Two decades after the Japanese trading card game became the biggest thing in schoolyards around the world, Pokemon cards are fetching 6 figures at auction in a boom that appears to have been fueled by coronavirus pandemic lockdowns.
“When COVID-19 hit, a lot of Gen X and Millennials were looking for things to do and we found a lot of these guys and girls started playing Pokemon again because they grew up with it,” said Joe Maddalena, executive vice president at Texas-based Heritage Auctions.
Maddalena said boxes of the 1999 US first edition base set had sold for around $400,000 at auction in recent months. A single card in mint condition for the popular fire-flying character Charizard sold for $300,000 in January, whereas in late 2019 asking prices for a Charizard card were around $16,000, he said.
Once stuffed into pockets or thrown into toy boxes, Pokemon cards have become so sought-after that long lines form outside stores when new batches are released.
“It’s crazy, because I know just a few years ago you could go anywhaere and there were walls of Pokemon cards and it’s just all come back,” said Megan Meadows, 29, who lined up outside the Next-Gen Games store in Los Angeles last week.
“For me, personally, it’s nostalgia 100 percent. I was a big Pokemon kid in the late 90s, early 2000s, and it’s also finding that joy again in a time where joy is a little hard to come by and it’s kind of pure and fun,” she added.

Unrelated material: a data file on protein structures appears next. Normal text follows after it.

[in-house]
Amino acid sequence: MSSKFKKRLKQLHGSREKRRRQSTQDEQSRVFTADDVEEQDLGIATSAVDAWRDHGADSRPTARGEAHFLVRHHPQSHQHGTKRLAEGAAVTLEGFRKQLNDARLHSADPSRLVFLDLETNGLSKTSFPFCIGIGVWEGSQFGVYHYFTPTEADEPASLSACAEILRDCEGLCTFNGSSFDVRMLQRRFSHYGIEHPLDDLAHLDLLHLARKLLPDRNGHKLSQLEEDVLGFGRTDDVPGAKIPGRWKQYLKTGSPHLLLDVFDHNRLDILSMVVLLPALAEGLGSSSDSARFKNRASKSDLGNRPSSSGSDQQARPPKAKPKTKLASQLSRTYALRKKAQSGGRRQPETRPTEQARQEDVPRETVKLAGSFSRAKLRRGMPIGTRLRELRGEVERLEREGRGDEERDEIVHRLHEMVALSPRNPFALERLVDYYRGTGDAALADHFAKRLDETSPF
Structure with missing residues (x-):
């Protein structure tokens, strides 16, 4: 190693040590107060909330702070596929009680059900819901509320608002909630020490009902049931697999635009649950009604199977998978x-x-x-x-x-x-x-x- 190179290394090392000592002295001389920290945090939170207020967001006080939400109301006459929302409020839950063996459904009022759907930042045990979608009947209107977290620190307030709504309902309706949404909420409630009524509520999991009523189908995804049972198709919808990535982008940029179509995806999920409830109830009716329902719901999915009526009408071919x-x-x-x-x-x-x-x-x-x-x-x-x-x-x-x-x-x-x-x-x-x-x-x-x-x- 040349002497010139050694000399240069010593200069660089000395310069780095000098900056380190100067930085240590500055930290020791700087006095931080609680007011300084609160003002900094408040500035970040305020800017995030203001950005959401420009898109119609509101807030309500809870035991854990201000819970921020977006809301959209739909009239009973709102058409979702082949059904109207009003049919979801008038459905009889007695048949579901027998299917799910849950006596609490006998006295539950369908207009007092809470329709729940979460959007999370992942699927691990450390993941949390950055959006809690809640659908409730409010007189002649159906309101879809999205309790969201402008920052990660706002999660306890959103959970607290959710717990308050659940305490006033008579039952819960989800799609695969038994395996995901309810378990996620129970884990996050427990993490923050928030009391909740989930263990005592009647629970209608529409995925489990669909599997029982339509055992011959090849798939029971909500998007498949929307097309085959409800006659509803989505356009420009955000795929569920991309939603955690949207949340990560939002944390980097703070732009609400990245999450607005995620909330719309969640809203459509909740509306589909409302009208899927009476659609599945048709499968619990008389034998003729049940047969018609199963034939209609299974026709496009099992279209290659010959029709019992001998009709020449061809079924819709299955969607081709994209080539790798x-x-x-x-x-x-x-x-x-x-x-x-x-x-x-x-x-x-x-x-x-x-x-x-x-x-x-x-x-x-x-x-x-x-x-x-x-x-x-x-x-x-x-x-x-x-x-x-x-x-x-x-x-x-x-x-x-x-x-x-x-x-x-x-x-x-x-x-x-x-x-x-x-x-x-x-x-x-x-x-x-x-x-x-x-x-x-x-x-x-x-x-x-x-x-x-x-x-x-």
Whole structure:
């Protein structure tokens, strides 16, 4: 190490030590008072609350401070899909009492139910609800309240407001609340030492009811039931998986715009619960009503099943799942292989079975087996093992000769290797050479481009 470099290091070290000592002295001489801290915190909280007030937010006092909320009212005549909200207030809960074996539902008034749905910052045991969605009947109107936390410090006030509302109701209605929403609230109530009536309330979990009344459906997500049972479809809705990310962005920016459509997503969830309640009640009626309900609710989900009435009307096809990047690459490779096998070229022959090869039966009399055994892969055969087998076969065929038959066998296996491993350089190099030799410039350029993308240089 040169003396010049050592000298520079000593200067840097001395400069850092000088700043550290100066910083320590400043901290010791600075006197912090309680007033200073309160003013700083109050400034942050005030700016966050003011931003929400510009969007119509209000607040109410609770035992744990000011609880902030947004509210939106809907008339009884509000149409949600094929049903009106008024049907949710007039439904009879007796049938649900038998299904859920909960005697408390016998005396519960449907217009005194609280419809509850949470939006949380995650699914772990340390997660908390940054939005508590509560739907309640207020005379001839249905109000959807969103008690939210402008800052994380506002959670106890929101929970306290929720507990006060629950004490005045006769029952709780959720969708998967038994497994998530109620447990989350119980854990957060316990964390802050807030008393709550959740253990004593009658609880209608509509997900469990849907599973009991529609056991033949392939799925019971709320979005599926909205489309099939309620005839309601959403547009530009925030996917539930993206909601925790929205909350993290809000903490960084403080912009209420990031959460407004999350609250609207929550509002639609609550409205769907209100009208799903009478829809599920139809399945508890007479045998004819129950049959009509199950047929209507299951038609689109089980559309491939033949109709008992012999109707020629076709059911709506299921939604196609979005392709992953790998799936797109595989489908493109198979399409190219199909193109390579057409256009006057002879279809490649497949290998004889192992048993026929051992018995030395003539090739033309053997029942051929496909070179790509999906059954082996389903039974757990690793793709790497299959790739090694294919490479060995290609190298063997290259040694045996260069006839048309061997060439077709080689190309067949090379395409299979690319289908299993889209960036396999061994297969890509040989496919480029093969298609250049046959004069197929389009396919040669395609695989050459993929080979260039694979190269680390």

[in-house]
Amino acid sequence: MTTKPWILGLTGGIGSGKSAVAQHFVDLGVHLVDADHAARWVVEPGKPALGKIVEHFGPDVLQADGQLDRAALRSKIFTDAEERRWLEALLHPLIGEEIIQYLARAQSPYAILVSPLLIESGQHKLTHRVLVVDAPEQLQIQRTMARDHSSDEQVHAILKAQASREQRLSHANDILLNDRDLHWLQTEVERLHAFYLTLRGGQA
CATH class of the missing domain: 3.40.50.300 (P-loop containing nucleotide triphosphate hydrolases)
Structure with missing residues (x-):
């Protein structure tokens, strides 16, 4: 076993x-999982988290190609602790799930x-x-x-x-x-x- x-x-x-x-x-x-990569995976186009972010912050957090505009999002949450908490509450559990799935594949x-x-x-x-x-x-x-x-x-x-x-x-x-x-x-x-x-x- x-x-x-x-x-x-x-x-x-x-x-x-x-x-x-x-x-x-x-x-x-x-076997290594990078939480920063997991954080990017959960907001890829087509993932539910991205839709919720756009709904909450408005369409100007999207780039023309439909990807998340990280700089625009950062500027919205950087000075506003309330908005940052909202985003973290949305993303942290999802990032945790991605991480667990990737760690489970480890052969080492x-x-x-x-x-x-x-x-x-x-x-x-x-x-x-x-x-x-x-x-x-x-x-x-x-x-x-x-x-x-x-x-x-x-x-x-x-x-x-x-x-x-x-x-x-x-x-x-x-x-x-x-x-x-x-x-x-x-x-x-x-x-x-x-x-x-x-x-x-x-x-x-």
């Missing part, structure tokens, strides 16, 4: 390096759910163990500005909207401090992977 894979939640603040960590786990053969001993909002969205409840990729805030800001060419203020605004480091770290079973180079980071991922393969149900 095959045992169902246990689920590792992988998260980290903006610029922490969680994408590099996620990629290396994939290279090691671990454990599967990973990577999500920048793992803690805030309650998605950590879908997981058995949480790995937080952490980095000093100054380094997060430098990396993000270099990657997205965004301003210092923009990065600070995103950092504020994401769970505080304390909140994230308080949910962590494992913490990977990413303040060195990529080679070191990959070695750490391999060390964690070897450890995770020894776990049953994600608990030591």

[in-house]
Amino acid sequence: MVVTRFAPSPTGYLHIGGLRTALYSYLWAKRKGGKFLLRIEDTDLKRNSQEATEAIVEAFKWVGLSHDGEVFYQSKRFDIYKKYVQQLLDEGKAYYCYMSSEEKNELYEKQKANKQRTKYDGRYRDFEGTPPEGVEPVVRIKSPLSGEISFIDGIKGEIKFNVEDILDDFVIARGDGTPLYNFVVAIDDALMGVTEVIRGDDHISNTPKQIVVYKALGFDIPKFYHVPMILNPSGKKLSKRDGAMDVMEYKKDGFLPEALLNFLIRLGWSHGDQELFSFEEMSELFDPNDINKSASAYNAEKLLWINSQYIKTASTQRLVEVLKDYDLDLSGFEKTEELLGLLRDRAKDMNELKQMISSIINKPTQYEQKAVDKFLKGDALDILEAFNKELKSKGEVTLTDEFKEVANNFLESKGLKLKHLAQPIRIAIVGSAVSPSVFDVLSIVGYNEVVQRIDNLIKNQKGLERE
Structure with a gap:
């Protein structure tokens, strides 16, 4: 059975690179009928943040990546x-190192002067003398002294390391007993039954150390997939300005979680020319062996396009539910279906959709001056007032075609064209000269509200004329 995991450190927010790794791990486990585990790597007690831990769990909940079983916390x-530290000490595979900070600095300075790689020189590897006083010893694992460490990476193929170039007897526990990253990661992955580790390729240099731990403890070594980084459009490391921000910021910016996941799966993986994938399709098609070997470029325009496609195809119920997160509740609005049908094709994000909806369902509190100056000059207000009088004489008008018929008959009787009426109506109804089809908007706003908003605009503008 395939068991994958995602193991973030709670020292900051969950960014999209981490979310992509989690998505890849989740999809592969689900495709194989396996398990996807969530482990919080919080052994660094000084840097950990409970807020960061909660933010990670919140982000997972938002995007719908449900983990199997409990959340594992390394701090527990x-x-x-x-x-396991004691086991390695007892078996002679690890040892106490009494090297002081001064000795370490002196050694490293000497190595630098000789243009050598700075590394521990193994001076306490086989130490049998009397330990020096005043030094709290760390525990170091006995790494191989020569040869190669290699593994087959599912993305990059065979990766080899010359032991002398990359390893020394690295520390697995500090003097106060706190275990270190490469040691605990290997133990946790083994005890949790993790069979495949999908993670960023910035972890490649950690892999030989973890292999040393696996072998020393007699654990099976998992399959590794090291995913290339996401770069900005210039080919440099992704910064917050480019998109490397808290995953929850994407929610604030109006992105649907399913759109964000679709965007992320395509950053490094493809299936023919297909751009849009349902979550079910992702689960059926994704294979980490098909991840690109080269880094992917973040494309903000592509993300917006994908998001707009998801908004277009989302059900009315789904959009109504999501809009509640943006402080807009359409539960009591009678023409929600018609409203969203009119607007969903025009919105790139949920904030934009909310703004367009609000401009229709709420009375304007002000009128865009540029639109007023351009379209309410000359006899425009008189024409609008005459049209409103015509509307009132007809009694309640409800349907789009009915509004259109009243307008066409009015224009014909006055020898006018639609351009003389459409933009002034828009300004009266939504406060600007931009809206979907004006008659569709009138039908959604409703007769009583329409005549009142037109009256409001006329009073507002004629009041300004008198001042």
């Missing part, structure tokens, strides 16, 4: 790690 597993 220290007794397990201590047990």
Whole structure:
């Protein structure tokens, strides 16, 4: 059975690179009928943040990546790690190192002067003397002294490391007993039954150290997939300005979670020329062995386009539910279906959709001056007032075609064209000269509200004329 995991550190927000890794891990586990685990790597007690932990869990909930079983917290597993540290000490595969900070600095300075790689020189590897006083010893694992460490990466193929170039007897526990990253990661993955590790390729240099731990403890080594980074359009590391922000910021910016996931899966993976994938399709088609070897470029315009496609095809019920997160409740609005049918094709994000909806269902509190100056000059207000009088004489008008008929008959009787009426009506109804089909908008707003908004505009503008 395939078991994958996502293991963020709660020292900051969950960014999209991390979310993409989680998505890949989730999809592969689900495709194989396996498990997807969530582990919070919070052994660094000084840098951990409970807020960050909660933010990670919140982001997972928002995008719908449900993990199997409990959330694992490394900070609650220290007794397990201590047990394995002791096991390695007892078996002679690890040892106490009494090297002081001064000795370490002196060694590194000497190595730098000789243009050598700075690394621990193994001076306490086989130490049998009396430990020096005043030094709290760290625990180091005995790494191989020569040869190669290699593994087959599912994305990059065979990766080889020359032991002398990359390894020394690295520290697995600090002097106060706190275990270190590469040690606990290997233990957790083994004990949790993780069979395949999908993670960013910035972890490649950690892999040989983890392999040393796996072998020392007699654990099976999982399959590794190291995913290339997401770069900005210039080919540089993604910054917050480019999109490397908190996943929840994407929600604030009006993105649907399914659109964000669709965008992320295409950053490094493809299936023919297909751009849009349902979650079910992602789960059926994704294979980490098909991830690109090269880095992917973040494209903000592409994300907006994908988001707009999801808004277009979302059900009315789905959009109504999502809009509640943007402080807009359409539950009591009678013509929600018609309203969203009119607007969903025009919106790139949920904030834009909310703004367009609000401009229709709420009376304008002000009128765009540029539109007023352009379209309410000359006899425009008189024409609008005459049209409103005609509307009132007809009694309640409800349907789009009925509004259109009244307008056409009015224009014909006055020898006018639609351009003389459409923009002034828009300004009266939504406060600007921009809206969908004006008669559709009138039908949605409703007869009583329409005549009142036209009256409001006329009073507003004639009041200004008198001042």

As Pokemon gears up for its global 25th anniversary celebrations on Feb. 27, Heritage is holding its first auction dedicated to Pokemon cards. The Feb 25 – March 25th online auction will have 200 Pokemon lots, including what Maddalena called “the Holy Grail” – a sealed, 1999 Wizards of the Coast base set.
“The last one, we sold for $406,000 – who knows what it could go for?,” he said.
But you don’t need to be rich in order to play the game or collect the cards. Maddalena said the upcoming auction will have lots of cards at lower prices than those in mint condition that go for hundreds of thousands of dollars.
Maddalena hesitates to use the word investments.
“I’m hoping they buy them because they love them,” he said. (Reporting by Jill Serjeant; Additional reporting by Rollo Ross; Editing by Aurora Ellis)